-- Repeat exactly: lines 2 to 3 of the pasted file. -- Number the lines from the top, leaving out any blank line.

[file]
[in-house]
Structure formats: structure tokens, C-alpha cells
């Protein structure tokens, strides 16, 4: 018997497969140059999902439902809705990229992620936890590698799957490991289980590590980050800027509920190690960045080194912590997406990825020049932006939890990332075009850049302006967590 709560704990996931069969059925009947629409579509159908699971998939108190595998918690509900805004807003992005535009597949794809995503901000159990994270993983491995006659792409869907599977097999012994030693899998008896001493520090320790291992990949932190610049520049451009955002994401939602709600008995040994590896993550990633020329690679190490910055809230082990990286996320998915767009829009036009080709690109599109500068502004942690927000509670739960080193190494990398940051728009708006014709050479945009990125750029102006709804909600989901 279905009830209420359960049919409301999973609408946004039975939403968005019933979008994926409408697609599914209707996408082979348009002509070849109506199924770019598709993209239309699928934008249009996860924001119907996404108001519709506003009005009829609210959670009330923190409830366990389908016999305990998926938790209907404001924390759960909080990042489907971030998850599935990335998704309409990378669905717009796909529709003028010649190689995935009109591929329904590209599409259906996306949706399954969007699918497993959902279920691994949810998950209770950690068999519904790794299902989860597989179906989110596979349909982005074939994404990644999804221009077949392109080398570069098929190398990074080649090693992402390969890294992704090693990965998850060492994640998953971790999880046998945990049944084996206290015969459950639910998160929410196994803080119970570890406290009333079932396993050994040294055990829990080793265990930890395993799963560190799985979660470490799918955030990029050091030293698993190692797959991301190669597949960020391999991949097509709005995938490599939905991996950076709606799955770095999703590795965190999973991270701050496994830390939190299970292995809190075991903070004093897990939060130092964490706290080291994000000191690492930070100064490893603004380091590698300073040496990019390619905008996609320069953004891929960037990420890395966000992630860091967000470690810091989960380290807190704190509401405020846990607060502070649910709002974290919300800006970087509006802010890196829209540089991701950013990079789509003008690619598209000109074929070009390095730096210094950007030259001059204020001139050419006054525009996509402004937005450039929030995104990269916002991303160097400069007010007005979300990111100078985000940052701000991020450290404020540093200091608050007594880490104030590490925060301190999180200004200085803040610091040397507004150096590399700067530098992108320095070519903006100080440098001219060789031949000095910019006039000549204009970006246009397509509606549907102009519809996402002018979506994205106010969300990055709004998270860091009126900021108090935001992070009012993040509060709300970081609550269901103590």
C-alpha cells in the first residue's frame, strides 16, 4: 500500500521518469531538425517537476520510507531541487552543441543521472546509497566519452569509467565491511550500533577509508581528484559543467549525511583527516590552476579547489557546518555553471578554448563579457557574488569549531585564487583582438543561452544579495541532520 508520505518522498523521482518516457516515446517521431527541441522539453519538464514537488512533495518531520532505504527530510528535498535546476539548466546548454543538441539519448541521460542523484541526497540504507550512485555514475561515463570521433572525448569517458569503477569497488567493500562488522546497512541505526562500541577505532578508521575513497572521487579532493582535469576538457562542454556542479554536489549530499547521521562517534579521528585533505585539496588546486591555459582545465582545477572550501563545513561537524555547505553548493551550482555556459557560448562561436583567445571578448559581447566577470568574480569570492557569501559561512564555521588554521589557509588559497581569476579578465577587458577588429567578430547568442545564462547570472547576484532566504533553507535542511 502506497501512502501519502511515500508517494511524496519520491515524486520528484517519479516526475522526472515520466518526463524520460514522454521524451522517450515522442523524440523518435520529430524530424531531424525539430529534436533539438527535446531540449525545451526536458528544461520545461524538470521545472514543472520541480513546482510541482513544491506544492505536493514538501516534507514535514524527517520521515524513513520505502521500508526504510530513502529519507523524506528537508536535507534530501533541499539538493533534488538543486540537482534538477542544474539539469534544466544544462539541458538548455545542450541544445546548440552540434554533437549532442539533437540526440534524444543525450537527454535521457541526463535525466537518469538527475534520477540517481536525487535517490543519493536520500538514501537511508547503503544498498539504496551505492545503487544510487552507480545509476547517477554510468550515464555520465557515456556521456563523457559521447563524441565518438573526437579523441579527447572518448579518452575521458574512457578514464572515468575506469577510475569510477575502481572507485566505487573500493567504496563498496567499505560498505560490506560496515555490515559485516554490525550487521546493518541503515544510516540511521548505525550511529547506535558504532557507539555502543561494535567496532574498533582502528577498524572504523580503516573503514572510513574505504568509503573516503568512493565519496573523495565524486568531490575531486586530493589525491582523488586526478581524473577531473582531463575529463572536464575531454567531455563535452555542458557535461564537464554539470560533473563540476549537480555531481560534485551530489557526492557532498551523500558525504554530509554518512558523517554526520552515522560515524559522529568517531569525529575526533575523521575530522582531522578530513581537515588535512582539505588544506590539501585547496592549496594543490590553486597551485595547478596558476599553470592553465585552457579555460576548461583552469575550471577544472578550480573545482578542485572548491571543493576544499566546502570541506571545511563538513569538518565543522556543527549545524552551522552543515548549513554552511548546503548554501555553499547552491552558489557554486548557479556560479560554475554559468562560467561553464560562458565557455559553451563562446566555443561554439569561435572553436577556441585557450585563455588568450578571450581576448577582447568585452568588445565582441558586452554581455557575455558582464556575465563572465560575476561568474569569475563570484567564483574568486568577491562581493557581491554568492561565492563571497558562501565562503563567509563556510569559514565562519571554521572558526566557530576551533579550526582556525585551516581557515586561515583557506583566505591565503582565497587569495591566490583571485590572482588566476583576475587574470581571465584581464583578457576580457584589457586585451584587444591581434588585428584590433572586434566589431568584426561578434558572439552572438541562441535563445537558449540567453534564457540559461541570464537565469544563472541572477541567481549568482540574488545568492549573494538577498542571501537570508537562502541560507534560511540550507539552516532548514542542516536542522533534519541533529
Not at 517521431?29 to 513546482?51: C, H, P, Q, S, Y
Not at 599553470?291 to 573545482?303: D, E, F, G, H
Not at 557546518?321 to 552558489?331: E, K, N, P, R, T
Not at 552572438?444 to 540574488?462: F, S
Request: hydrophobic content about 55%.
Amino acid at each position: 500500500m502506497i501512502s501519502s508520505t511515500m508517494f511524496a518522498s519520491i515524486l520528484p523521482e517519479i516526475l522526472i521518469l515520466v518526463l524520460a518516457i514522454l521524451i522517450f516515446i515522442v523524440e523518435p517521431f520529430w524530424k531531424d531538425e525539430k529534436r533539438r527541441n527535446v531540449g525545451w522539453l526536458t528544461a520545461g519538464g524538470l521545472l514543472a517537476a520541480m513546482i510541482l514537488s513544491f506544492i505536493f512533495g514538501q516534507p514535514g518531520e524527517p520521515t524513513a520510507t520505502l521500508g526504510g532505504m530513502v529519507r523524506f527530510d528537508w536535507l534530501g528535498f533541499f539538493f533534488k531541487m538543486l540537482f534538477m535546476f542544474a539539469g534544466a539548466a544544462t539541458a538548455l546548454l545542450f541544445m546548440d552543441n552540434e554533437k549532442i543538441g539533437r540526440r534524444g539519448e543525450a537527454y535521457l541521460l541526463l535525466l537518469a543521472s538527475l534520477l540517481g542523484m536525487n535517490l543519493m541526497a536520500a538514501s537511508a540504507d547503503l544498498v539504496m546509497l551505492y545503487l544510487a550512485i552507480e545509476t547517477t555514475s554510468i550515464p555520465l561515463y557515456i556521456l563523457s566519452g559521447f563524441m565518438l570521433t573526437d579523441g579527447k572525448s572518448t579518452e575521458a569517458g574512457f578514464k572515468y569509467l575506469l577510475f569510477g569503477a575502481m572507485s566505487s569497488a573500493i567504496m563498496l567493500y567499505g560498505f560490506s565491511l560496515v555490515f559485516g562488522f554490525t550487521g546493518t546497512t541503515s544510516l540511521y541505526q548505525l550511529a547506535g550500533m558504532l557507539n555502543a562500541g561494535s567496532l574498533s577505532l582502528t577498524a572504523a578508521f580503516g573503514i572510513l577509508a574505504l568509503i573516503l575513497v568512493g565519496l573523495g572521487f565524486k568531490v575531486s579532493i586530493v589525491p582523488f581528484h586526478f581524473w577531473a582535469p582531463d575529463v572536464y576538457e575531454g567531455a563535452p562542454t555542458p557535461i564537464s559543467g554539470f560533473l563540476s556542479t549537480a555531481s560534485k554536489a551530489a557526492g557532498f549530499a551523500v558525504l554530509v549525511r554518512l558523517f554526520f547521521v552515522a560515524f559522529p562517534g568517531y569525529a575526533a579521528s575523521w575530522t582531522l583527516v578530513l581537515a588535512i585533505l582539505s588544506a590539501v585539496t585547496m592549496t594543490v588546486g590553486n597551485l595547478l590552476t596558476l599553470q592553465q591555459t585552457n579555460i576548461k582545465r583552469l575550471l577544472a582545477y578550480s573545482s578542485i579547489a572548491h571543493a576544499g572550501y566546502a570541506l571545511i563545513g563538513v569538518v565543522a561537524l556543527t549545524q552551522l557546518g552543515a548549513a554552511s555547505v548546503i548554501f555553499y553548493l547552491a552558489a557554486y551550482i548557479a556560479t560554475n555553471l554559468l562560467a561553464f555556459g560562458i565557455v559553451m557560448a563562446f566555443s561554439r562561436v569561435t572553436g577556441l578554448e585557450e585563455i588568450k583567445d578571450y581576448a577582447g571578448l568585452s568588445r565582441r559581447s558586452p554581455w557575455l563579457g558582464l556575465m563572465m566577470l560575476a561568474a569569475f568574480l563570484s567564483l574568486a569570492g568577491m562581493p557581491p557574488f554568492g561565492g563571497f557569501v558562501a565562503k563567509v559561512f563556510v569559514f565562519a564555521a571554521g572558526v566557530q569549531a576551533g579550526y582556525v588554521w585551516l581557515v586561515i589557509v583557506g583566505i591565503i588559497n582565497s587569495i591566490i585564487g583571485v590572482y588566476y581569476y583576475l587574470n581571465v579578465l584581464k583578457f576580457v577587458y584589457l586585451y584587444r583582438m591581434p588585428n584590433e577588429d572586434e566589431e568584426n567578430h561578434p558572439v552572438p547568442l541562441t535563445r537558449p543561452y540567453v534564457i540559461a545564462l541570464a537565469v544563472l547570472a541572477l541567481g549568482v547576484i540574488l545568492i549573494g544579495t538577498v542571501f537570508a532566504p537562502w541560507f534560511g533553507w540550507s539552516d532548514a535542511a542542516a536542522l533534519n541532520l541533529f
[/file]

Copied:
Structure formats: structure tokens, C-alpha cells
């Protein structure tokens, strides 16, 4: 018997497969140059999902439902809705990229992620936890590698799957490991289980590590980050800027509920190690960045080194912590997406990825020049932006939890990332075009850049302006967590 709560704990996931069969059925009947629409579509159908699971998939108190595998918690509900805004807003992005535009597949794809995503901000159990994270993983491995006659792409869907599977097999012994030693899998008896001493520090320790291992990949932190610049520049451009955002994401939602709600008995040994590896993550990633020329690679190490910055809230082990990286996320998915767009829009036009080709690109599109500068502004942690927000509670739960080193190494990398940051728009708006014709050479945009990125750029102006709804909600989901 279905009830209420359960049919409301999973609408946004039975939403968005019933979008994926409408697609599914209707996408082979348009002509070849109506199924770019598709993209239309699928934008249009996860924001119907996404108001519709506003009005009829609210959670009330923190409830366990389908016999305990998926938790209907404001924390759960909080990042489907971030998850599935990335998704309409990378669905717009796909529709003028010649190689995935009109591929329904590209599409259906996306949706399954969007699918497993959902279920691994949810998950209770950690068999519904790794299902989860597989179906989110596979349909982005074939994404990644999804221009077949392109080398570069098929190398990074080649090693992402390969890294992704090693990965998850060492994640998953971790999880046998945990049944084996206290015969459950639910998160929410196994803080119970570890406290009333079932396993050994040294055990829990080793265990930890395993799963560190799985979660470490799918955030990029050091030293698993190692797959991301190669597949960020391999991949097509709005995938490599939905991996950076709606799955770095999703590795965190999973991270701050496994830390939190299970292995809190075991903070004093897990939060130092964490706290080291994000000191690492930070100064490893603004380091590698300073040496990019390619905008996609320069953004891929960037990420890395966000992630860091967000470690810091989960380290807190704190509401405020846990607060502070649910709002974290919300800006970087509006802010890196829209540089991701950013990079789509003008690619598209000109074929070009390095730096210094950007030259001059204020001139050419006054525009996509402004937005450039929030995104990269916002991303160097400069007010007005979300990111100078985000940052701000991020450290404020540093200091608050007594880490104030590490925060301190999180200004200085803040610091040397507004150096590399700067530098992108320095070519903006100080440098001219060789031949000095910019006039000549204009970006246009397509509606549907102009519809996402002018979506994205106010969300990055709004998270860091009126900021108090935001992070009012993040509060709300970081609550269901103590």